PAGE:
The current study showed that final-year dental students were capable of diagnosing approximal caries from radiographic images and were independently able to determine at what stage to treat caries in both deciduous and permanent dentitions. Fewer preferred treating the lesion early when it was limited to the enamel alone while the majority of the subjects opted to treat caries when it had reached and surpassed the DEJ in permanent dentitions.

Further education needs to be provided as to whether improved diagnostic aids and treatment protocols need to be implemented for final-year dental students in the process of their diagnostic and radiological training.

 
  References Top

1.
Bervian J, Tovo MF, Feldens CA, Brusco LC, Rosa FM. Evaluation of final-year dental students concerning therapeutic decision making for proximal caries. Braz Oral Res 2009;23:54-60.  Back to cited text no. 1
    
2.
Bille J, Thylstrup A. Radiographic diagnosis and clinical tissue changes in relation to treatment of approximal carious lesions. Caries Res 1982;16:1-6.  Back to cited text no. 2
    
3.
Zamir T, Fisher D, Fishel D, Sharav Y. A longitudinal radiographic study of the rate of spread of human approximal dental caries. Arch Oral Biol 1976;21:523-6.  Back to cited text no. 3
    
4.
Gröndahl HG, Hollender L, Malmcrona E, Sundquist B. Dental caries and restorations in teenargers. II. A longitudinal radiographic study of the caries increment of proximal surfaces among urban teenagers in Sweden. Swed Dent J 1977;1:51-7.  Back to cited text no. 4
    
5.
Gröndahl HG, Hollender L, Malmcrona E, Sundquist B. Dental caries and restorations in teenagers. I. Index and score system for radiographic studies of proximal surfaces. Swed Dent J 1977;1:45-50.  Back to cited text no. 5
    
6.
Pitts NB. Monitoring of caries progression in permanent and primary posterior approximal enamel by bitewing radiography. Community Dent Oral Epidemiol 1983;11:228-35.  Back to cited text no. 6
    
7.
Nuttall NM. Letter to editor. Br Dent J 1983;155:370.  Back to cited text no. 7
    
8.
White BA, Maupomé G. Clinical decision-making for dental caries management. J Dent Educ 2001;65:1121-5.  Back to cited text no. 8
    
9.
Elderton RJ, Duthie N. Opinions on the undergraduate dental education in Scotland received by recently qualified dentists. Med Sci Res 1987;15:751-8.  Back to cited text no. 9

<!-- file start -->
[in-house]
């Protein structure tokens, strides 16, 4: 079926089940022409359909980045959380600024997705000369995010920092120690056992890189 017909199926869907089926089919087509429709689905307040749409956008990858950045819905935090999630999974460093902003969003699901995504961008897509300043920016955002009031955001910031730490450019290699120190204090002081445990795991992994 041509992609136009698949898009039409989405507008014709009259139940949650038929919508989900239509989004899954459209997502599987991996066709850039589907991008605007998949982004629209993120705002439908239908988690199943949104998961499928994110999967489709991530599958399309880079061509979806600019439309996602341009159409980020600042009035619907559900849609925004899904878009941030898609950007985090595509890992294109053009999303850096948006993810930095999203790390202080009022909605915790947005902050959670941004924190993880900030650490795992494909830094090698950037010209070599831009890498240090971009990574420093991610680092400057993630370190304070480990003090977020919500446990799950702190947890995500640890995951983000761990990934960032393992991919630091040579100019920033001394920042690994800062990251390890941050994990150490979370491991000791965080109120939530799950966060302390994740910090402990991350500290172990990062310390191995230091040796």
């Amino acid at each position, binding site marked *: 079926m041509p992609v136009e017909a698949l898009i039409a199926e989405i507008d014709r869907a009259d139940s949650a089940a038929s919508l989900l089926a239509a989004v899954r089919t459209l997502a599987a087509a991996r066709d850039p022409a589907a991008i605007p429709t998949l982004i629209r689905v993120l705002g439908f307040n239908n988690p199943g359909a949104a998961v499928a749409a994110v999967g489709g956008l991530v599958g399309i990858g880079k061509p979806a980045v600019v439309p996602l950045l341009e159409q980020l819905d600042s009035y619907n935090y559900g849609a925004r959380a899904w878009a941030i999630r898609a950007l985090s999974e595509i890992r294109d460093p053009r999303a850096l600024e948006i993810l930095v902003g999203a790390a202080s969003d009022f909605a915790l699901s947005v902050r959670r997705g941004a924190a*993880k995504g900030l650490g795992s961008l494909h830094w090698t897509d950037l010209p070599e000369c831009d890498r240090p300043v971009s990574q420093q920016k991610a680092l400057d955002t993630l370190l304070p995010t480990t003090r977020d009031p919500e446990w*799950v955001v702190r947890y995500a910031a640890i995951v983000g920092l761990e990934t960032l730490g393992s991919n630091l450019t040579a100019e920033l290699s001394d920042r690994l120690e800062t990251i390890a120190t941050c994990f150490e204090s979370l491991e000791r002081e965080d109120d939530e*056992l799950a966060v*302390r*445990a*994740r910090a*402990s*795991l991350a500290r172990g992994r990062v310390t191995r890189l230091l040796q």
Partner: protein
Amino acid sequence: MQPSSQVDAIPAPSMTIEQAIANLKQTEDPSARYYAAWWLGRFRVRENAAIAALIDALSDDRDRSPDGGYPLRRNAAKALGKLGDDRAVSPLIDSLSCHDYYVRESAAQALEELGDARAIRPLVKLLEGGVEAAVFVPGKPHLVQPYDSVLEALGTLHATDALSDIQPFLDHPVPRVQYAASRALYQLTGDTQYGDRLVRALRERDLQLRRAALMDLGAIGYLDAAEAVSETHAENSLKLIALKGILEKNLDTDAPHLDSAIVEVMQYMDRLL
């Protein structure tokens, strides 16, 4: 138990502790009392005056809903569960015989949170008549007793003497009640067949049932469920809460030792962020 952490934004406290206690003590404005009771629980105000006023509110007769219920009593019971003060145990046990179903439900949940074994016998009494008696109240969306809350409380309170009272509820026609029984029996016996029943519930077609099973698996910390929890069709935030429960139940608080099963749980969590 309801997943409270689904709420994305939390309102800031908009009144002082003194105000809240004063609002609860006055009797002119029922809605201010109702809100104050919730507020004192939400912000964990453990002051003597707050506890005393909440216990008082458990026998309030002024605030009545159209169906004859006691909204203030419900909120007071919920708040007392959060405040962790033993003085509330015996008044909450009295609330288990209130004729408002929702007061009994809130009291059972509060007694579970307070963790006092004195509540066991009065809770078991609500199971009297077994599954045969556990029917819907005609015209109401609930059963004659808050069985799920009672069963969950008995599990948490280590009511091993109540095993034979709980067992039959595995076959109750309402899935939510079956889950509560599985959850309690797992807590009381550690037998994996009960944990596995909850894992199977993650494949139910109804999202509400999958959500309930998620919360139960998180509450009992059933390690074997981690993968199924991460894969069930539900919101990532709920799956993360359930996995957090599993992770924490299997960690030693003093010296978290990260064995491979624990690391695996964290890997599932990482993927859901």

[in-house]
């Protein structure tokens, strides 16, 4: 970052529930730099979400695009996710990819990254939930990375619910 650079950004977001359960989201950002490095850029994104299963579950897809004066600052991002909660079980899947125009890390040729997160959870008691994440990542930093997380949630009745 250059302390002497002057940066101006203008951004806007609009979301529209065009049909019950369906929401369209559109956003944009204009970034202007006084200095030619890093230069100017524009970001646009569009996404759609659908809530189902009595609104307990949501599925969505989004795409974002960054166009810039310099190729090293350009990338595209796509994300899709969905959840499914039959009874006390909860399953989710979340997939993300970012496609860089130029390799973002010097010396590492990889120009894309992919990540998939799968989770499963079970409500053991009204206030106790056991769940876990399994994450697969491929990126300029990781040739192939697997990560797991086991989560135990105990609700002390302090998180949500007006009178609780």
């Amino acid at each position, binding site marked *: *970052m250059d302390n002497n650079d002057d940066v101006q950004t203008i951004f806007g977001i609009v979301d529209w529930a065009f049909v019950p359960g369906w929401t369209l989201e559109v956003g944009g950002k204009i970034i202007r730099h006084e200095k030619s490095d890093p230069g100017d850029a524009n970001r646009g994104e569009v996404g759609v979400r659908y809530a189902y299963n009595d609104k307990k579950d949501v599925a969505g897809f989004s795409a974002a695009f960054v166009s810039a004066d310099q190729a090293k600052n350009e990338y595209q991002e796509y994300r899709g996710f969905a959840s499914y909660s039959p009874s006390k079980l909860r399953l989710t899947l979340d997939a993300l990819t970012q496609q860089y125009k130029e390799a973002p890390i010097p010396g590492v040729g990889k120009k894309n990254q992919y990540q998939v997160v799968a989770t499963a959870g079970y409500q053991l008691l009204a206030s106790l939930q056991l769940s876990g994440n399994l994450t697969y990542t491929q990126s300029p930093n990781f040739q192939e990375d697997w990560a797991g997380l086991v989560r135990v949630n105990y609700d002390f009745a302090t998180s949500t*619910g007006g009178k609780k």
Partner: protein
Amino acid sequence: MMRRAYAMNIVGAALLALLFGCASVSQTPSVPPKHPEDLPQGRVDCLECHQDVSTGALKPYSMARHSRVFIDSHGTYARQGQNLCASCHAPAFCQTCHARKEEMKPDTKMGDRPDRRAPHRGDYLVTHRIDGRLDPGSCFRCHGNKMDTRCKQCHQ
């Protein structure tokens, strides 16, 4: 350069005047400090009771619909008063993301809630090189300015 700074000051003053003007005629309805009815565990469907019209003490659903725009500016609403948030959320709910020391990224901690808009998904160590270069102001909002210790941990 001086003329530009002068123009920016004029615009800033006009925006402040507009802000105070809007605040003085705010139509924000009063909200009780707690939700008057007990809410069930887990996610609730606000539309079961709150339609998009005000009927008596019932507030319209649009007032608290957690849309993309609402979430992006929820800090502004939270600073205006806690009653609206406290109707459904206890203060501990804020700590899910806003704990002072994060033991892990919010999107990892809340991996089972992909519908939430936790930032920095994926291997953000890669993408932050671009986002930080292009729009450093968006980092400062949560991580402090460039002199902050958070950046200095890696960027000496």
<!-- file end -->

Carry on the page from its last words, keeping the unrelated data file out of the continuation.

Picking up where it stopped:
10.
Maupomé G, Sheiham A. Radiographic criteria employed to diagnose and treat approximal caries by final-year dental students in Mexico City. Community Dent Oral Epidemiol 1997;25:242-6.  Back to cited text no. 10
    
11.
Maupomé G, Sheiham A. Decisions on diagnosis and management of approximal caries by final-year dental students. Dentomaxillofac Radiol 1997;26:107-11.  Back to cited text no. 11
    
12.
Tveit AB, Espelid I, Skodje F. Restorative treatment decisions on approximal caries in Norway. Int Dent J 1999;49:165-72.  Back to cited text no. 12
    
13.
Kay EJ, Watts A, Paterson RC, Blinkhorn AS. Preliminary investigation into the validity of dentists' decisions to restore occlusal surfaces of permanent teeth. Community Dent Oral Epidemiol 1988;16:91-4.  Back to cited text no. 13
    
14.
Elderton RJ, Nuttall NM. Variation among dentists in planning treatment. Br Dent J 1983;154:201-6.  Back to cited text no. 14
    
15.
De Araujo FB, de Araujo DR, dos Santos CK, de Souza MA. Diagnosis of approximal caries in primary teeth: Radiographic versus clinical examination using tooth separation. Am J Dent 1996;9:54-6.  Back to cited text no. 15
    
16.
Flack VF, Atchison KA, Hewlett ER, White SC. Relationships between clinician variability and radiographic guidelines. J Dent Res 1996;75:775-82.  Back to cited text no. 16
    


    Figures

  [Figure 1], [Figure 2]
 
 
    Tables

  [Table 1], [Table 2], [Table 3], [Table 4], [Table 5]



 

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Abstract
Introduction
Materials and Me...